It's been a busy week for us penguinologists. We've been out several days this week carrying out counts of Gentoo chicks in every colony on the island. It is 100 days after 75% of marked nests had eggs laid in them and some of the chicks are large and fully moulted, although not yet independent. It seems to have been a good year, with over 4,500 – just over one chick per nest.
Everyone on base got involved with different bits of the work; the more eyes counting groups of between 12 and 250 penguin chicks the better. We aim to get within 5% of each other, which can be difficult when there's lots of chicks moving round, never mind the different eyesight and vantage points of the observers, but with several people counting we can pretty sure our average counts are accurate. It is important counting techniques are repeated each year to ensure the data is comparable.
Two days after counting all the chicks on Johnson Beach we were back there catching and weighing 100 of them. This was a messy job for the whole team. The average chick weight is just over 5kgs, although a couple of particularly large individuals were over 7kgs. Comparing fledging weights between years allows us to compare how good the feeding is and assess the likely survival chances of a particular generation.
Away from the penguins other work continues, with the albatrologists still marking new Wanderer nests and regularly checking on the Black-browed, Grey-headed and Sooty-mantled Albatrosses. The seal team have completed their work on the Special Study Beach (and enjoyed a lie-in after being up early every morning since early November) and are now tracking the movement of puppies around base and further up the streams.
A bright, sunny day. Ideal for counting penguins at Natural Arch. Looking east through Bird Sound with South Georgia on the right and icebergs in the distance.
Hannah, armed only with clicker, counting Gentoo chicks.
Chinstrap Penguin. An occasional visitor, breeding further south. This one, the first I've seen, was hanging around on Johnson Beach while we were counting Gentoo chicks.
Bird Island by Night
As well as the penguins, Ruth and I also work a bit with the petrels, not just the Giant ones but some of the estimated 700,000 burrowing pairs. Recently we've been collecting feather samples from some of these and deploying tiny GPS devices onto others. These will track where the birds are feeding – an important step in understanding their lifestyle and hopefully contributory step in helping protect them when away from their breeding grounds.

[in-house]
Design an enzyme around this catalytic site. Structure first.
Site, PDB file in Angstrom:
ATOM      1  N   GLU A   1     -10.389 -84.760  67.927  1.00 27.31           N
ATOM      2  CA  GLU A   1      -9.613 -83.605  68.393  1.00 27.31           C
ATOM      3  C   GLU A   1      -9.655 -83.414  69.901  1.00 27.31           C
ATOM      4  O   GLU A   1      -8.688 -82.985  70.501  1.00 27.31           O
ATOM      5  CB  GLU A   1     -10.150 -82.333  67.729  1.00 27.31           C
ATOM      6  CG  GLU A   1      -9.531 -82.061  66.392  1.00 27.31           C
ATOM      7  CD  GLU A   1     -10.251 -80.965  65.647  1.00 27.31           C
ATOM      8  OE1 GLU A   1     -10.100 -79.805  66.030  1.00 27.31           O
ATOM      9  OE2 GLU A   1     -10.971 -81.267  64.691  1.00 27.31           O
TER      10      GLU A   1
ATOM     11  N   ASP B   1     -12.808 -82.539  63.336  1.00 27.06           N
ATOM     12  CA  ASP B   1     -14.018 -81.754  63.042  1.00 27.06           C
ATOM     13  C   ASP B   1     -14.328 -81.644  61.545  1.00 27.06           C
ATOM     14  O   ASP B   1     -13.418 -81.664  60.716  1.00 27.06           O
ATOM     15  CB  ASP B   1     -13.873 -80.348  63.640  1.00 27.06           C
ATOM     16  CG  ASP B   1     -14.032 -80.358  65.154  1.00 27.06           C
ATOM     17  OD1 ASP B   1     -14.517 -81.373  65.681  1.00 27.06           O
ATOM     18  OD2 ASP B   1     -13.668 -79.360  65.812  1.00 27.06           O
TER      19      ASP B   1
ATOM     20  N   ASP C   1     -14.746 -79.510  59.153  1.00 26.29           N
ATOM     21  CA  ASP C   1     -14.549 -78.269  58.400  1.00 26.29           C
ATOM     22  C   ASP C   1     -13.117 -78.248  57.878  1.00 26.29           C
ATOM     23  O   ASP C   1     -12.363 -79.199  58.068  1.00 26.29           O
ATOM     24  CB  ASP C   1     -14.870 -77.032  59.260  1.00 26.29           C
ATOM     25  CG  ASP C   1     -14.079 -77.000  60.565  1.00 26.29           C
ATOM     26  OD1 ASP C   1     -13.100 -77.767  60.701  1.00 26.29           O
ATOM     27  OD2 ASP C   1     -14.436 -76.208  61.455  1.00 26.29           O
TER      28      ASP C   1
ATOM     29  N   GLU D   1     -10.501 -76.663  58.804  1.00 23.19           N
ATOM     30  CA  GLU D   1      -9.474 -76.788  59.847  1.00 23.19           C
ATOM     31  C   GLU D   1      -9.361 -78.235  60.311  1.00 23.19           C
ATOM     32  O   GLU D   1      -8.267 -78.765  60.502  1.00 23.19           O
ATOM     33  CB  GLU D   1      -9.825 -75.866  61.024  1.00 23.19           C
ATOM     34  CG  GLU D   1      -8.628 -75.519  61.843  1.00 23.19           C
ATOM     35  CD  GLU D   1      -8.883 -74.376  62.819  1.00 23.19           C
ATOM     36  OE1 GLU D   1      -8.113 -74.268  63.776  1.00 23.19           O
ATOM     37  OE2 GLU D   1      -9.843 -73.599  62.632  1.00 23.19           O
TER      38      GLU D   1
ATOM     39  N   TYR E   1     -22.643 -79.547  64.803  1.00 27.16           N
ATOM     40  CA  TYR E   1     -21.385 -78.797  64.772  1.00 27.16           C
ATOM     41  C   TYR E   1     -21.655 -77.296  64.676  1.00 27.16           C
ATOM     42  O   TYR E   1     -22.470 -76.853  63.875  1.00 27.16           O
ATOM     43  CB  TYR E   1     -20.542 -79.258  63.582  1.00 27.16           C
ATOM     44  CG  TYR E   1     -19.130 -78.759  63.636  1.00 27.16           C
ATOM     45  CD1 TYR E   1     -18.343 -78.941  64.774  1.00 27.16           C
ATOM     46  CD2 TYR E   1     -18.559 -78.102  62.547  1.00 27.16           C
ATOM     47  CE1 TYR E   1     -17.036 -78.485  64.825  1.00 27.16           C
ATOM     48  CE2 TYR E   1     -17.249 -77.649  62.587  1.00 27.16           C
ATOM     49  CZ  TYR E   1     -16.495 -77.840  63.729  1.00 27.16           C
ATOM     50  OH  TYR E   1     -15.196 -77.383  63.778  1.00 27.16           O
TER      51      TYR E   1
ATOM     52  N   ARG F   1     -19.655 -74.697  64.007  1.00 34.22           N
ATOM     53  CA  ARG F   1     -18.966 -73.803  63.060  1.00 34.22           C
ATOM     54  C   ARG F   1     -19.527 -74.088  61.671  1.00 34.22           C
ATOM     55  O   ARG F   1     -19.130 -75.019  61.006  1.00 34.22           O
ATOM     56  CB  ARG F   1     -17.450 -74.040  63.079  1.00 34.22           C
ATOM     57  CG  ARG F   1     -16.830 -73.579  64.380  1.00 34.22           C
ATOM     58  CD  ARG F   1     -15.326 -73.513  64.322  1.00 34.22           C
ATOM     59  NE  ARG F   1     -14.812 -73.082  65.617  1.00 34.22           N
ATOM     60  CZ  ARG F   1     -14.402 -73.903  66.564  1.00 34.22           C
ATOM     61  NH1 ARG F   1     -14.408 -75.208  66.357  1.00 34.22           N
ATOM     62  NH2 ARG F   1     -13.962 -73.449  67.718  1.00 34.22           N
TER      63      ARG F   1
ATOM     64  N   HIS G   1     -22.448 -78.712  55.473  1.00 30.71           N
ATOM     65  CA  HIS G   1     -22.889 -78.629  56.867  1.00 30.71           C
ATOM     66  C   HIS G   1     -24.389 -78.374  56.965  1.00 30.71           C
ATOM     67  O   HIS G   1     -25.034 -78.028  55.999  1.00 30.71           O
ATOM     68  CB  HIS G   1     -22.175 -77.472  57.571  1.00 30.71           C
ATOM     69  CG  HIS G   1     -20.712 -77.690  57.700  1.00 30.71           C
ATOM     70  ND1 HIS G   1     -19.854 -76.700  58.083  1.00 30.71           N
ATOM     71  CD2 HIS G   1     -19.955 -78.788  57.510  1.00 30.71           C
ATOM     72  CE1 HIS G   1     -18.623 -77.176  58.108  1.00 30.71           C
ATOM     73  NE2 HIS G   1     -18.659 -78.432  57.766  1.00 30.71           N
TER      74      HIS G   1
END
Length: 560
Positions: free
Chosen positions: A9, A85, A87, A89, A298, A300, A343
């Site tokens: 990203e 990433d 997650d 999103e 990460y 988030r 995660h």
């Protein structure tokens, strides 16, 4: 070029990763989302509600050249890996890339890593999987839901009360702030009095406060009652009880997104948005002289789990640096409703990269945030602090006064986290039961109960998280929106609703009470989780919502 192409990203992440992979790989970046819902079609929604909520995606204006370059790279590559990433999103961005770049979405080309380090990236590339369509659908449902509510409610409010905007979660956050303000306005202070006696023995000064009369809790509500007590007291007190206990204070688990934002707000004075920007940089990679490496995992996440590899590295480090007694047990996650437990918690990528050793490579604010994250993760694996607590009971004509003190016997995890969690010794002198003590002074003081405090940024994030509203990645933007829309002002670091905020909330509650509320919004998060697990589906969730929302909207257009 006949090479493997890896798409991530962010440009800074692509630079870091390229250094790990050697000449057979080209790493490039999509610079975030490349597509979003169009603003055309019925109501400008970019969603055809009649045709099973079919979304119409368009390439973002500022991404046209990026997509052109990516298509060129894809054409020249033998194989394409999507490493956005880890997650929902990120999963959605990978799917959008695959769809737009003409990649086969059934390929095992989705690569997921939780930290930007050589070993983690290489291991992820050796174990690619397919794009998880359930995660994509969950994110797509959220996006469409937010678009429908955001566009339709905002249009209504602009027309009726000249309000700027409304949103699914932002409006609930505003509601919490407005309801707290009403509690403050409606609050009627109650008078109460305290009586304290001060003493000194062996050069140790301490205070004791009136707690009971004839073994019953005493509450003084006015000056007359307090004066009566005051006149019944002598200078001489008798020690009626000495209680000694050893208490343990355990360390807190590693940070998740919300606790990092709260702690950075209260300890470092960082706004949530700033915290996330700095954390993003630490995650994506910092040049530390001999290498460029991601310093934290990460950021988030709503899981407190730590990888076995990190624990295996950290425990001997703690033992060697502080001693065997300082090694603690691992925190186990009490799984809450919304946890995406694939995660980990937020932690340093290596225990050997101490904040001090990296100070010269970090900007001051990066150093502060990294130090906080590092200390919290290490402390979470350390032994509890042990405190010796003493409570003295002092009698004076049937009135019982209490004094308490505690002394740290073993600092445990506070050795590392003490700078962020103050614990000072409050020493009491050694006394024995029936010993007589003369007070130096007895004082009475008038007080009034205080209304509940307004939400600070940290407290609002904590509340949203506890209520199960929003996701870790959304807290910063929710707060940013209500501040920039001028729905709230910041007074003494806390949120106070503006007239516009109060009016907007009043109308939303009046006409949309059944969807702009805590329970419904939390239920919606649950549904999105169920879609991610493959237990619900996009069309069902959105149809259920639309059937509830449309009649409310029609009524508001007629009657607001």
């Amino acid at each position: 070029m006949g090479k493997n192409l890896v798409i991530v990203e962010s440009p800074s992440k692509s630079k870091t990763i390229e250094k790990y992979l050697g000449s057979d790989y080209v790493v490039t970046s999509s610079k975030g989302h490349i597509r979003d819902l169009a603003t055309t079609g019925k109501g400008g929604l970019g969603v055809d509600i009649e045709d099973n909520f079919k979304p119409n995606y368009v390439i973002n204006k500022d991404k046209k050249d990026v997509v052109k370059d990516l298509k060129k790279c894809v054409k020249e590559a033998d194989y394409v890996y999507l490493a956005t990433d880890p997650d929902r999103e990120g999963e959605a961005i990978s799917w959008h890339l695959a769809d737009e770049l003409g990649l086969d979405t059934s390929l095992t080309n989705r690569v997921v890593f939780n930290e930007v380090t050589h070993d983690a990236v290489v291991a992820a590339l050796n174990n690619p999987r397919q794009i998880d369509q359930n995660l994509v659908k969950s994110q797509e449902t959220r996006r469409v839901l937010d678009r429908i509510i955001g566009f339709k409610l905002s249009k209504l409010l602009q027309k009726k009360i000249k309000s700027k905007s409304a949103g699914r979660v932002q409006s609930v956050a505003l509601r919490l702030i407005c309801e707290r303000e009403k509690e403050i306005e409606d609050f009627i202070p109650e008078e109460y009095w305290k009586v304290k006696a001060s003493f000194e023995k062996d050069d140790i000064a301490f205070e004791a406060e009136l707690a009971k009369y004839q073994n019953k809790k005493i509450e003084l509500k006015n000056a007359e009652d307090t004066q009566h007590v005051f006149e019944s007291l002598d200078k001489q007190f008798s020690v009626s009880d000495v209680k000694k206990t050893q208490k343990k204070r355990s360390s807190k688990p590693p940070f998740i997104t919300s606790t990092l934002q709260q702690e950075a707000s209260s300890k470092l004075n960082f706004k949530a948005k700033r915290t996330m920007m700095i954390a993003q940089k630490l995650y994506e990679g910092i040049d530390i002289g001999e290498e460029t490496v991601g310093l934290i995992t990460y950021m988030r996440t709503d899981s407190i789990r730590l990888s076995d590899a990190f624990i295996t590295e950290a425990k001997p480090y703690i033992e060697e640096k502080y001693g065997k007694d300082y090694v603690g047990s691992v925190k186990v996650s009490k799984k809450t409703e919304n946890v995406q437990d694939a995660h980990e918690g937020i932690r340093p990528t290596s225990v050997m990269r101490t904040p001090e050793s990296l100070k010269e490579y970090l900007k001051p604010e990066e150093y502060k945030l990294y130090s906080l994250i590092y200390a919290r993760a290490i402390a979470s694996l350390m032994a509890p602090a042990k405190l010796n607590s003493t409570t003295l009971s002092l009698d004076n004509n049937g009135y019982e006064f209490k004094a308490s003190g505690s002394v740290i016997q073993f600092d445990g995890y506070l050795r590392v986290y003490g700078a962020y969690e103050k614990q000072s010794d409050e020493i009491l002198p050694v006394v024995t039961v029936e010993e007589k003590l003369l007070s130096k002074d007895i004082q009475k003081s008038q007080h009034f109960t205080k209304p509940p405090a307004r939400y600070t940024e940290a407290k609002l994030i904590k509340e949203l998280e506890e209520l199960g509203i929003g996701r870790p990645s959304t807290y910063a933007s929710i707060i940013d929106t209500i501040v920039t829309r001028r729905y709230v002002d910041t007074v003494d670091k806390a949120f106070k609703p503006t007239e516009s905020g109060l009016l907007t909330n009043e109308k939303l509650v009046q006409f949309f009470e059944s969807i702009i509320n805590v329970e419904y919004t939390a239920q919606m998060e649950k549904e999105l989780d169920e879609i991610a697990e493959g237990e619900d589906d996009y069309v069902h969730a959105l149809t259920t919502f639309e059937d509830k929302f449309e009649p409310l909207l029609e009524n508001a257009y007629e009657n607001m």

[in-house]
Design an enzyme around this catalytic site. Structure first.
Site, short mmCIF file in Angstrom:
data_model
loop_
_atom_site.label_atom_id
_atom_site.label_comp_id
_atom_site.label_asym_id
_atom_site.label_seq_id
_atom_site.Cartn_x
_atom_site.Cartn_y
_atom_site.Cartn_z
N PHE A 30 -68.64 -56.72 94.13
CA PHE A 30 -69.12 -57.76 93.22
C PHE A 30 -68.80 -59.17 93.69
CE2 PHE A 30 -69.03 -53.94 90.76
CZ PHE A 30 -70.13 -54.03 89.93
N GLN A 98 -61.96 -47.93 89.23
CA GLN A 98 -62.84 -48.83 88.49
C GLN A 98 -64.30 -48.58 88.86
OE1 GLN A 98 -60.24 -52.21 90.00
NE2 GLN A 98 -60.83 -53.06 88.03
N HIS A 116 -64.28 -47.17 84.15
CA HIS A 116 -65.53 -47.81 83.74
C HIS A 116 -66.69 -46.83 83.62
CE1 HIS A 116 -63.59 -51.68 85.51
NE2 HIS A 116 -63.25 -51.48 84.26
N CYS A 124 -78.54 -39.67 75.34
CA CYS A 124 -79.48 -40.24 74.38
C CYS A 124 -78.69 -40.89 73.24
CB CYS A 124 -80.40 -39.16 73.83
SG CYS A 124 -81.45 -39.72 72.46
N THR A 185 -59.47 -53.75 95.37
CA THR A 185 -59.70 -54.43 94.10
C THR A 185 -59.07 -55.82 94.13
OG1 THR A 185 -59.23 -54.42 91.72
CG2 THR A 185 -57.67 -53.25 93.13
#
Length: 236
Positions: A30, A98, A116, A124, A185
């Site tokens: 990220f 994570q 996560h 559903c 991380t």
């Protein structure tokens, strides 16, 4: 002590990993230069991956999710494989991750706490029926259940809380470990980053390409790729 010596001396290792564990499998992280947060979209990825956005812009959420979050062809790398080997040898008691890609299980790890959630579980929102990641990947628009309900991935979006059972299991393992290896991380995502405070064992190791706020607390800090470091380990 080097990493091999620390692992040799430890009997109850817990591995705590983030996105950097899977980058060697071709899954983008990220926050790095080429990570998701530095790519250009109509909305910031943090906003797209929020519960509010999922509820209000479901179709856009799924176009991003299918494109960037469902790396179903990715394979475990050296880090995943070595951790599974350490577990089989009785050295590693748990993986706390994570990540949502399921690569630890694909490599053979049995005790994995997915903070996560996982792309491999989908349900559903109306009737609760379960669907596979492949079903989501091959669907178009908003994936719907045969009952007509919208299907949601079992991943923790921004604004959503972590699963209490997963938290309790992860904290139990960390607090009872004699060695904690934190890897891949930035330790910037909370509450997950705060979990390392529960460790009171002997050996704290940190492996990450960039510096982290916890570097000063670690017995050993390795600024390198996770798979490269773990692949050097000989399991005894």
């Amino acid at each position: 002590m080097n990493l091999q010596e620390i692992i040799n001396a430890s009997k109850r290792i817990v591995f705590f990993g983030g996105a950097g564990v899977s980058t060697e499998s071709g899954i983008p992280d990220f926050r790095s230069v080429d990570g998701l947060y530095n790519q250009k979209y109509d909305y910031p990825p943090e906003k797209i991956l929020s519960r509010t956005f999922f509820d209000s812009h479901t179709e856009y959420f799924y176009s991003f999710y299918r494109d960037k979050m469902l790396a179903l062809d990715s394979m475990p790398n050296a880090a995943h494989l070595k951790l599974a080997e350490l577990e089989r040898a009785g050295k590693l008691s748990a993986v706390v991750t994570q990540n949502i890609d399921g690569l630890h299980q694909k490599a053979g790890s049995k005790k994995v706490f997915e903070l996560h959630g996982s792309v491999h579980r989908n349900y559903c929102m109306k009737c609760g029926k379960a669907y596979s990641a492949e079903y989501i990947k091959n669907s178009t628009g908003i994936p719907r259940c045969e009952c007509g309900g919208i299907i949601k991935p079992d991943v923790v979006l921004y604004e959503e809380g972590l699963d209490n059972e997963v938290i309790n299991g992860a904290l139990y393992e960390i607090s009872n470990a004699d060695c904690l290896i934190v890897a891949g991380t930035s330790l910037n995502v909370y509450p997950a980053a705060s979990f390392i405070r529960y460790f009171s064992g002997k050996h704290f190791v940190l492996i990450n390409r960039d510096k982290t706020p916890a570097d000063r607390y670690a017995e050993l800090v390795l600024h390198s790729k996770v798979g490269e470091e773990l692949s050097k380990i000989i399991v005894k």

Although most of our petrel work can be done during the day some does have to be done at night, so last week Jon and Jen joined us to go camping on Molly Meadows. We were looking for specific Blue Petrels returning to their burrows and, although we didn't get as many as we'd hoped, we had a great night, working from about midnight until 5am with enough time in between checking burrows to sit round a small stove and have cups of coffee and a good laugh.
Then later in the week we went out after dinner up Gazella, the hill behind base, to catch a few South Georgian Diving Petrels. These are tiny and squat, a little like Little Auks, with beautiful blue legs and are very rarely seen during the day. It was another good night, although very cold up there and we were glad to be back by 3am.
South-Georgian Diving Petrel.
Ruth and Jen working by torchlight.
When not out working I've still been busy. Possibly the most stressful part of the week was my first Saturday cook, for Saturday means a full three course meal (spicy pumpkin soup, risotto and chocolate bread & butter pudding for those interested), but I took my time about it and was still able to have a little time outside appreciating the wildlife.
Pleased looking puppy taking a break from testing the water. It's great seeing them splashing around in the shallows, properly beginning to use their flippers.
Wilson's Storm Petrel. Plenty breeding further up the slopes but they're not often seen during the day. Apart from the occasional day when there's a small group feeding near the jetty.
Giant Petrels disposing of a dead seal puppy.
Antarctic Tern, a regular visitor.
The first seal to climb on to our close iceberg was reluctant to give up it's spot, growling aggressively at the second one.